Global News

Farmed salmon escape leads to call for more public transparency

Andrew Cromwell

Sep 12, 2019
The Atlantic Salmon Federation says it is concerned about a lack of transparency when it comes to companies sharing information about incidents of escape. As it turns out that might be about to change.

Staff at the Federation found that 1,000 farmed salmon escaped from Deer Island facility on Aug. 20, and by Sept. 8 around 53 so called escapees had been recovered.

“It appears that the surge has stopped but whenever we’re getting fish here [Magaguadavic River fishway] it’s a sign that something is going wrong out in the bay,” said Neville Crabbe, executive director of communications at the Atlantic Salmon federation

Cooke Aquaculture, in a statement, said the escape happened during a “routine farming procedure.”

“You have to keep in mind that when these escapes happen only a small percentage ever show up here at the Magaguadavic (River fishway),” Crabbe explained.

The federation said there are concerns ranging from disease and parasites to interbreeding when farmed and wild salmon come together.

Another concern is how the information is being relayed about the farmed salmon breach. The federation said it and other stakeholders are only informed by government if companies give consent, and now the Federation wants better access for the public.

“If the public had the resources and the knowledge that there was a threat out there in the water, they could do things to monitor and remove these fish,” Crabbe said.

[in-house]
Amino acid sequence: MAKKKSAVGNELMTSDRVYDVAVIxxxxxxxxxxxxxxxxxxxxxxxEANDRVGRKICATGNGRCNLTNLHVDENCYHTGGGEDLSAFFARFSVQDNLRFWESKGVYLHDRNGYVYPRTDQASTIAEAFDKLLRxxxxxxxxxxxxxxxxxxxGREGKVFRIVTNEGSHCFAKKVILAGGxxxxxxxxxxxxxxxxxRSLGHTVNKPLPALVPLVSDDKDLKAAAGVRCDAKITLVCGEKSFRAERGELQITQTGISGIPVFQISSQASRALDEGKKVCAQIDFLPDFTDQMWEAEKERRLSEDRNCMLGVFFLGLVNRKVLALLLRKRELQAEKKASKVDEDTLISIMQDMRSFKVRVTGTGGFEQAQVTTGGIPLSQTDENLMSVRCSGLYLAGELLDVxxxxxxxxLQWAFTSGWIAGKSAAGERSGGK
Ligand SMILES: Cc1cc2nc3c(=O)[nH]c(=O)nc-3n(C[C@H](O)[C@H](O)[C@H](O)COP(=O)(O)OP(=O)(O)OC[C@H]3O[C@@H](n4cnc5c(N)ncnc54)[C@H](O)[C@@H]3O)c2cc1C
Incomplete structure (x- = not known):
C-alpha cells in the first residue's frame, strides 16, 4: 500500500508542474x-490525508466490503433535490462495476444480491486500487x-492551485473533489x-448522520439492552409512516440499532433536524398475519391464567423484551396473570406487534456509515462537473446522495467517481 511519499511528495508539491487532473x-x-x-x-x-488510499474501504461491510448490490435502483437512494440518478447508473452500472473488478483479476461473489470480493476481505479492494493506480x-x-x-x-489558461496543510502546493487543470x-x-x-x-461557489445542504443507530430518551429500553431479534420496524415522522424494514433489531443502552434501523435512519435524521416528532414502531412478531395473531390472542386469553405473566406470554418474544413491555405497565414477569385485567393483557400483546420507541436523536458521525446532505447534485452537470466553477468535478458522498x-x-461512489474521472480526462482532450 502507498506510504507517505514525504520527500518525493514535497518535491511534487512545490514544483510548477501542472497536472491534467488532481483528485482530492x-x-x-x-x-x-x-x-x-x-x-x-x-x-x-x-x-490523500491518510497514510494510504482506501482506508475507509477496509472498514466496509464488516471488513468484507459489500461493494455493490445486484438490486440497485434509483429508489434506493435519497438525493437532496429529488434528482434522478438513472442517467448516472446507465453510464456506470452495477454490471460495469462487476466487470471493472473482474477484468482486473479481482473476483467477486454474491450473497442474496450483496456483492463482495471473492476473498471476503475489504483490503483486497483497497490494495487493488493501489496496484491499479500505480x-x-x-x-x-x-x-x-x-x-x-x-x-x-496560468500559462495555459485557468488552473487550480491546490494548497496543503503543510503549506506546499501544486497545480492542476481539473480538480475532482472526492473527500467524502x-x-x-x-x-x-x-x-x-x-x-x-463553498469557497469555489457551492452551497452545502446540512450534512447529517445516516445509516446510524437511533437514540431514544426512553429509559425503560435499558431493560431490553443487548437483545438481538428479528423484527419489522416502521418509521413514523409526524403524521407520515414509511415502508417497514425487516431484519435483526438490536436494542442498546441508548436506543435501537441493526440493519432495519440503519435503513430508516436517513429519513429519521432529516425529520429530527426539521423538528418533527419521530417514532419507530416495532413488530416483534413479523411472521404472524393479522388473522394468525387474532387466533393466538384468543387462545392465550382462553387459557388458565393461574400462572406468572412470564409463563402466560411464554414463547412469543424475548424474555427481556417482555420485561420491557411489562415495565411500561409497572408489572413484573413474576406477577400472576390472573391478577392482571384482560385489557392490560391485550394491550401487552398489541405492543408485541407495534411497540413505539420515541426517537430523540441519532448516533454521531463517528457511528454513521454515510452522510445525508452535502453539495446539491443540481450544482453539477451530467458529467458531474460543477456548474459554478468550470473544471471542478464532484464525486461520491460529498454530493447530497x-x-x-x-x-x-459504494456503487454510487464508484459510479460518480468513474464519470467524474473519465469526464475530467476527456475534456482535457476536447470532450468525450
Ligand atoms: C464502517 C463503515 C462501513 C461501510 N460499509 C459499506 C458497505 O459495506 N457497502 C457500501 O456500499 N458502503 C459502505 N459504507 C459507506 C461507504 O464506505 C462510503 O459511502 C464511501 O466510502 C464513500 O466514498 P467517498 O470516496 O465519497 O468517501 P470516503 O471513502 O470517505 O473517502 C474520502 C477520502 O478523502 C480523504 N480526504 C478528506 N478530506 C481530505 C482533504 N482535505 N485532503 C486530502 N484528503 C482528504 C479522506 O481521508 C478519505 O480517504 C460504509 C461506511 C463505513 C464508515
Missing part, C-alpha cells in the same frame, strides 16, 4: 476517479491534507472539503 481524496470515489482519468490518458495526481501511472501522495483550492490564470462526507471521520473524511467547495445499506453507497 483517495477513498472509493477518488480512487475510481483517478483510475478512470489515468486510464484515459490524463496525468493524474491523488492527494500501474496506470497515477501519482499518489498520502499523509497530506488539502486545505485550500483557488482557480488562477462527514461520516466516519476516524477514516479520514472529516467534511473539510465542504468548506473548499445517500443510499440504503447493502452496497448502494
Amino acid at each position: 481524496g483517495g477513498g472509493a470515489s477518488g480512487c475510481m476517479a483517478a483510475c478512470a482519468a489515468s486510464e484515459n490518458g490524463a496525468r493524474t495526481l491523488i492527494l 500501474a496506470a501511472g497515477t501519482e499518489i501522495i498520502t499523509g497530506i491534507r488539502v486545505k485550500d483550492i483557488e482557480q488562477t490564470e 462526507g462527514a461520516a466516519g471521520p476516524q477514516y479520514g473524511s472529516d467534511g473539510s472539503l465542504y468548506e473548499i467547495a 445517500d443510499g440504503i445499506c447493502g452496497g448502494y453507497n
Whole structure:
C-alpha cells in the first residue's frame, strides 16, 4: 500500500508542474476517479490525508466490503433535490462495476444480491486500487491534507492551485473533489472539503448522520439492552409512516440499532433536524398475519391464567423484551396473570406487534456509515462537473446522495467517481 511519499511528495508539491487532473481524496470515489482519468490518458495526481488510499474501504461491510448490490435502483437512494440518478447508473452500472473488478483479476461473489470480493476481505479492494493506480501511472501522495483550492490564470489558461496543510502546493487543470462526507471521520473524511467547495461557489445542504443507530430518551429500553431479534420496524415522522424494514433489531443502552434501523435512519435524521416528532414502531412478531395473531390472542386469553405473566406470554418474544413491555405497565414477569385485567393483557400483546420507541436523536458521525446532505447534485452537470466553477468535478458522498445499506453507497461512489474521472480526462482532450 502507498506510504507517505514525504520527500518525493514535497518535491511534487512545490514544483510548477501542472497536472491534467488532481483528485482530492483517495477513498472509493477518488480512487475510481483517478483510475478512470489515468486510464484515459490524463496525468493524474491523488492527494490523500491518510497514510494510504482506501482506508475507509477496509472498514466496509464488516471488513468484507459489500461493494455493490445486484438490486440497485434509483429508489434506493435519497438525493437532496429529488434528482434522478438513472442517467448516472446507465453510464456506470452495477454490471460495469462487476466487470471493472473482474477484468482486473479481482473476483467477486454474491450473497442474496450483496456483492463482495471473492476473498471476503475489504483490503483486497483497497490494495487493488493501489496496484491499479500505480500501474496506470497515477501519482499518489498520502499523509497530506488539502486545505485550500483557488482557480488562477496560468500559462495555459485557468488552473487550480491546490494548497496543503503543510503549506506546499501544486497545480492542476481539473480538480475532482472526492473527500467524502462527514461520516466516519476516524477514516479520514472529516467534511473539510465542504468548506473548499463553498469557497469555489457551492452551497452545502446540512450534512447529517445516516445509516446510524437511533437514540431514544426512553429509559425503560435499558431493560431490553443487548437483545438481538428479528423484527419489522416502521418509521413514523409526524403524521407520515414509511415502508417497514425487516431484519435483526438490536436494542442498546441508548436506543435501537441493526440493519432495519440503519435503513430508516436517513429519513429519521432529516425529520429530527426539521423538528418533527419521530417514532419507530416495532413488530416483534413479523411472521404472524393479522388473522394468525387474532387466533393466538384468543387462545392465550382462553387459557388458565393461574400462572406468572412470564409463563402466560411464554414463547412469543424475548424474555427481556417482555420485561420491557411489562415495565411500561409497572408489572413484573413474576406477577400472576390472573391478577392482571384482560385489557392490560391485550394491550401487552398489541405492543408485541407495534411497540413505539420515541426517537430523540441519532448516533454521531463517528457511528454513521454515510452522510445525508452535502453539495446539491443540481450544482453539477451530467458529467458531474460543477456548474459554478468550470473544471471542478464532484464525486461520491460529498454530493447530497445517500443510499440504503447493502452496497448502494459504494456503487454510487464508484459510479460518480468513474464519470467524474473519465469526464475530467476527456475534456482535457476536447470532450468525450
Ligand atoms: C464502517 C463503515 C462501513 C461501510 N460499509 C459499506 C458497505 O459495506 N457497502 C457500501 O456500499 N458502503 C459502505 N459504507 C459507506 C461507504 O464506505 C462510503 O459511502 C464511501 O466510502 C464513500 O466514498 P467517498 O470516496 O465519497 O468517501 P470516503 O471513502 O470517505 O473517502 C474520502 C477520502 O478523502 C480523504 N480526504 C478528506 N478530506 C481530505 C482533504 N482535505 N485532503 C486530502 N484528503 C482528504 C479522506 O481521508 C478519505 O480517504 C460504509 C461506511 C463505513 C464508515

The Atlantic Canada Fish Farmers Association said the ASF is currently among the stakeholders receiving information on things like escapes within 24 hours. There is also a move afoot to expand the transparency following a recent meeting.

“As a result of that we’re actually making one recommendations back,” said Association Executive Director Sue Farqharson. “We’re discussing right now about maybe how we take that communication one step further now…to the public”

But it’s not known exactly how long it will take to enable more public access.

The Department of Agriculture, Aquaculture and Fisheries said in an email statement that the department is well aware of the incident.

“The company reported it to the department as required by regulations. In an effort to promote open communication and transparency, the department undertook steps to inform the Atlantic Salmon Federation, Fisheries and Oceans Canada, Maine Department of Marine Resources and the Atlantic Canada Fish Farmers Association of the situation.”

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